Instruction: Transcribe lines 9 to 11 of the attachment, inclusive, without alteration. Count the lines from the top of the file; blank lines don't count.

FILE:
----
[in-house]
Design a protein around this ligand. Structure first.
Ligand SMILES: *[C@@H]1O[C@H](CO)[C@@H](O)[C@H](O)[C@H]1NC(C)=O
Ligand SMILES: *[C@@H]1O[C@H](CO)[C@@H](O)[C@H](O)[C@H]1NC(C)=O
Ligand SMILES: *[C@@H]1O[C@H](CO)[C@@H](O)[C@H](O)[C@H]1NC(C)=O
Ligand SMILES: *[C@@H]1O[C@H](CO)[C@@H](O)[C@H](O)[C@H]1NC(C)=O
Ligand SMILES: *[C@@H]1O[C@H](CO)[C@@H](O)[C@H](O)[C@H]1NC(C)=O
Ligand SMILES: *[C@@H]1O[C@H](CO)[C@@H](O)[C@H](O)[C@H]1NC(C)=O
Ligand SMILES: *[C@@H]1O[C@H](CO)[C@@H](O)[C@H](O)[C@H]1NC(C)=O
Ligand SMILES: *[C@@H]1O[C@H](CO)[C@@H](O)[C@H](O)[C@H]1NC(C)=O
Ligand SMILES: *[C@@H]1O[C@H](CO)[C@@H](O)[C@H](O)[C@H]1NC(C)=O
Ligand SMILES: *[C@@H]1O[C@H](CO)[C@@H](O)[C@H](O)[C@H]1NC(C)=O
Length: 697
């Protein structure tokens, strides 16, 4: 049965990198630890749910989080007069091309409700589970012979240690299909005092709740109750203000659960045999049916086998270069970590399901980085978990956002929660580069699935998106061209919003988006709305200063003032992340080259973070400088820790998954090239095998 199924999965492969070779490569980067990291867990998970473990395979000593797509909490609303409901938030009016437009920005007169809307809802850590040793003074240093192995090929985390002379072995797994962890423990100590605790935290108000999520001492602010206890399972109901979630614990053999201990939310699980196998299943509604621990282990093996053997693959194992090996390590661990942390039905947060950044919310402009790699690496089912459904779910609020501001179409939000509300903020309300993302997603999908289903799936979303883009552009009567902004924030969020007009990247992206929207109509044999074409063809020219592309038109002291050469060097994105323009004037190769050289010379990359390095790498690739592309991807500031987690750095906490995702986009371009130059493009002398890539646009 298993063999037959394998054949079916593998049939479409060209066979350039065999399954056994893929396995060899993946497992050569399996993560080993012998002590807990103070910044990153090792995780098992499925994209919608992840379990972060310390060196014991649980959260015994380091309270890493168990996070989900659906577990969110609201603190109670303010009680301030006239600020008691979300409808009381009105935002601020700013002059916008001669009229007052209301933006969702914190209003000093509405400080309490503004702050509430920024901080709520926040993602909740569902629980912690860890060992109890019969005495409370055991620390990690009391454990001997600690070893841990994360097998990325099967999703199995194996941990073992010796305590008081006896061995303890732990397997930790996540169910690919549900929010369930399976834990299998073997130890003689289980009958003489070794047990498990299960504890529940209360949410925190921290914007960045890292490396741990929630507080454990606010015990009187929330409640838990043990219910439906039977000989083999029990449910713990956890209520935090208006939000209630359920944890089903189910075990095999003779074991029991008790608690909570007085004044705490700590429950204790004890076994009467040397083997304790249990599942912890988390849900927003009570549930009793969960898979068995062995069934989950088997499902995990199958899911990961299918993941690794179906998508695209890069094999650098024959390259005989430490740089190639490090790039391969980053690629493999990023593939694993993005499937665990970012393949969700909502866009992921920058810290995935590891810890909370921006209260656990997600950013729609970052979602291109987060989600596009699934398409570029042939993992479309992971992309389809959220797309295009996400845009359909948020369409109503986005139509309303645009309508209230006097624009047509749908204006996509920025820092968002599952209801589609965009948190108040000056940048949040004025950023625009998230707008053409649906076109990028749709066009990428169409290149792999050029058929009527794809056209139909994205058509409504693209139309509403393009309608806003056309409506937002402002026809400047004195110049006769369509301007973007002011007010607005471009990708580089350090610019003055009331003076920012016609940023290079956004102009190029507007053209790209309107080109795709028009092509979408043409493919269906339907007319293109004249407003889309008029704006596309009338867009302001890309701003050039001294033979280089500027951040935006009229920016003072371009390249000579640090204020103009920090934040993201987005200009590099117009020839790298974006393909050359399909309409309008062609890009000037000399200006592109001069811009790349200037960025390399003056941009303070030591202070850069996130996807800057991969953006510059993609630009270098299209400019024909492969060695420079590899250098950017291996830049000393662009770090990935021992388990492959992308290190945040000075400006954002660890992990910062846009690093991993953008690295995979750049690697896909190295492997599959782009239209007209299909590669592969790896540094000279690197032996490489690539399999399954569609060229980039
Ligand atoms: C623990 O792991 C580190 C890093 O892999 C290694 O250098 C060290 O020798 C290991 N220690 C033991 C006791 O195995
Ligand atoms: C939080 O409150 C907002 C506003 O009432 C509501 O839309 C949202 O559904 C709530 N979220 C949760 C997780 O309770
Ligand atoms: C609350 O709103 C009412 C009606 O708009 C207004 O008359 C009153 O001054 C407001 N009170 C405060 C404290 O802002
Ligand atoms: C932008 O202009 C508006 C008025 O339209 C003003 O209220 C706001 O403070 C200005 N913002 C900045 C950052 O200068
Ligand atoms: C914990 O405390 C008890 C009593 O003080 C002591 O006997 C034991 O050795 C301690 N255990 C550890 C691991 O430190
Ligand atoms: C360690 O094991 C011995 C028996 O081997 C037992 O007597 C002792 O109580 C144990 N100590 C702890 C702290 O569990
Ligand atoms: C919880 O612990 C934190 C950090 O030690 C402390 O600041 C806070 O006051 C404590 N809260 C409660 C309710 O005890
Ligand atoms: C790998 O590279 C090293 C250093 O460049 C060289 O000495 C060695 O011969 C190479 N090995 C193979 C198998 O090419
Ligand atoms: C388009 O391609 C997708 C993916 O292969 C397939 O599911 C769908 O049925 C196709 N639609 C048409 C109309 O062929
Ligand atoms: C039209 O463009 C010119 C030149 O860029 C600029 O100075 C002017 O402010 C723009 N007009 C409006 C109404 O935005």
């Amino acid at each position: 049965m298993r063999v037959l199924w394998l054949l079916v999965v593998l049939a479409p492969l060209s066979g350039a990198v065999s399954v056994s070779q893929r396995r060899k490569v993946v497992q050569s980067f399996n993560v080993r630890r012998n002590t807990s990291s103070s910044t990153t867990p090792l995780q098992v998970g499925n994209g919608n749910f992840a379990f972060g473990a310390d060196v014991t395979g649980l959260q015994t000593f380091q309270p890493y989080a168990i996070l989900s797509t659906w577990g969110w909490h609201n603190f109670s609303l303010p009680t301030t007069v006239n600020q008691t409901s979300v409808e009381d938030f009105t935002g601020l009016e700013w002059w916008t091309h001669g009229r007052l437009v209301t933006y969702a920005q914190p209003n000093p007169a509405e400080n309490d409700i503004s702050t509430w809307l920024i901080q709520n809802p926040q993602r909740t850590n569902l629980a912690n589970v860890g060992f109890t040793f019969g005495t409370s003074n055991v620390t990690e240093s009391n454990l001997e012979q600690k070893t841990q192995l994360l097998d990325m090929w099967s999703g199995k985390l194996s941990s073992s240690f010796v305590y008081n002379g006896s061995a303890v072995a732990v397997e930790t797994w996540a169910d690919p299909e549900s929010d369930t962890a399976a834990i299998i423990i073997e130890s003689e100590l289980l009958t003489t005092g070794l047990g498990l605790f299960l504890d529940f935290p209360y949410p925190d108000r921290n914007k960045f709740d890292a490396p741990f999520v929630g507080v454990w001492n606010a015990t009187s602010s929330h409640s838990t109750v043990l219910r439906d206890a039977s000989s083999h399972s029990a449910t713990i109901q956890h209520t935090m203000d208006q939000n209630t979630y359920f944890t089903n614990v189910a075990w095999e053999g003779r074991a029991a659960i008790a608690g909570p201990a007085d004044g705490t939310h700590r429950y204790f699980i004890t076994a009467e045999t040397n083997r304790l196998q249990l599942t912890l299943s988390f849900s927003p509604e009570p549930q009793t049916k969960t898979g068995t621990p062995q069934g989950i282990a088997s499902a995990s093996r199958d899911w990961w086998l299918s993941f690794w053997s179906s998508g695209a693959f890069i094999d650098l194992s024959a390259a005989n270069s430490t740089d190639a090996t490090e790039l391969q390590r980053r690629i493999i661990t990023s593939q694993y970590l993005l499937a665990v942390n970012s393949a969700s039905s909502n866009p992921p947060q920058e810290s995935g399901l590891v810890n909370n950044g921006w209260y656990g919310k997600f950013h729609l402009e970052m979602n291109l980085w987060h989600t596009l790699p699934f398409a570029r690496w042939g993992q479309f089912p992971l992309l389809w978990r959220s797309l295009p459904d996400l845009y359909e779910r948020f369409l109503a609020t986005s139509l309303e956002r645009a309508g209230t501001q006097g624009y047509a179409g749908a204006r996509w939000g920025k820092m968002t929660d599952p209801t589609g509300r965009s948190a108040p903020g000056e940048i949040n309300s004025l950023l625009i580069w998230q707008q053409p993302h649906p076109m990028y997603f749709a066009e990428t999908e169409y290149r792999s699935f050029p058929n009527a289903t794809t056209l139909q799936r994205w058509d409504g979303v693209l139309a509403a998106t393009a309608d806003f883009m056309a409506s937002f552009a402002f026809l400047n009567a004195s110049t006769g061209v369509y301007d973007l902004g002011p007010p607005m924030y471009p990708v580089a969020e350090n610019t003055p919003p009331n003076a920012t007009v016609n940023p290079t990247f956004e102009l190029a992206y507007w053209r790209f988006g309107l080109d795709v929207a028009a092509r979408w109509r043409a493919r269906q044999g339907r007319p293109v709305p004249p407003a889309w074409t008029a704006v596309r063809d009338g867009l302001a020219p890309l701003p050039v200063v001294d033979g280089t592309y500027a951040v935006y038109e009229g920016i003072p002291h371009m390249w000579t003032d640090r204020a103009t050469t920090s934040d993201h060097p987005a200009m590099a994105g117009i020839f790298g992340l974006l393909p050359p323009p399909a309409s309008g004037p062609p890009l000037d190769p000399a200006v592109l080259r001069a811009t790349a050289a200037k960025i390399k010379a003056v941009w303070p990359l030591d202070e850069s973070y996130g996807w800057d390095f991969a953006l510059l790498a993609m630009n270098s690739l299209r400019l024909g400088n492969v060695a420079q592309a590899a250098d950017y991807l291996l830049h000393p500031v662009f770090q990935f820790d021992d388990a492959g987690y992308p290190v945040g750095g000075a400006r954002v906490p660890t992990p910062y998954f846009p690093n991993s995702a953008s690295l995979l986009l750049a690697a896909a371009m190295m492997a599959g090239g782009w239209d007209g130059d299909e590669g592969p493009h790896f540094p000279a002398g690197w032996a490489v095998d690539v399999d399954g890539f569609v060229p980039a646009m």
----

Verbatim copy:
Ligand SMILES: *[C@@H]1O[C@H](CO)[C@@H](O)[C@H](O)[C@H]1NC(C)=O
Ligand SMILES: *[C@@H]1O[C@H](CO)[C@@H](O)[C@H](O)[C@H]1NC(C)=O
Ligand SMILES: *[C@@H]1O[C@H](CO)[C@@H](O)[C@H](O)[C@H]1NC(C)=O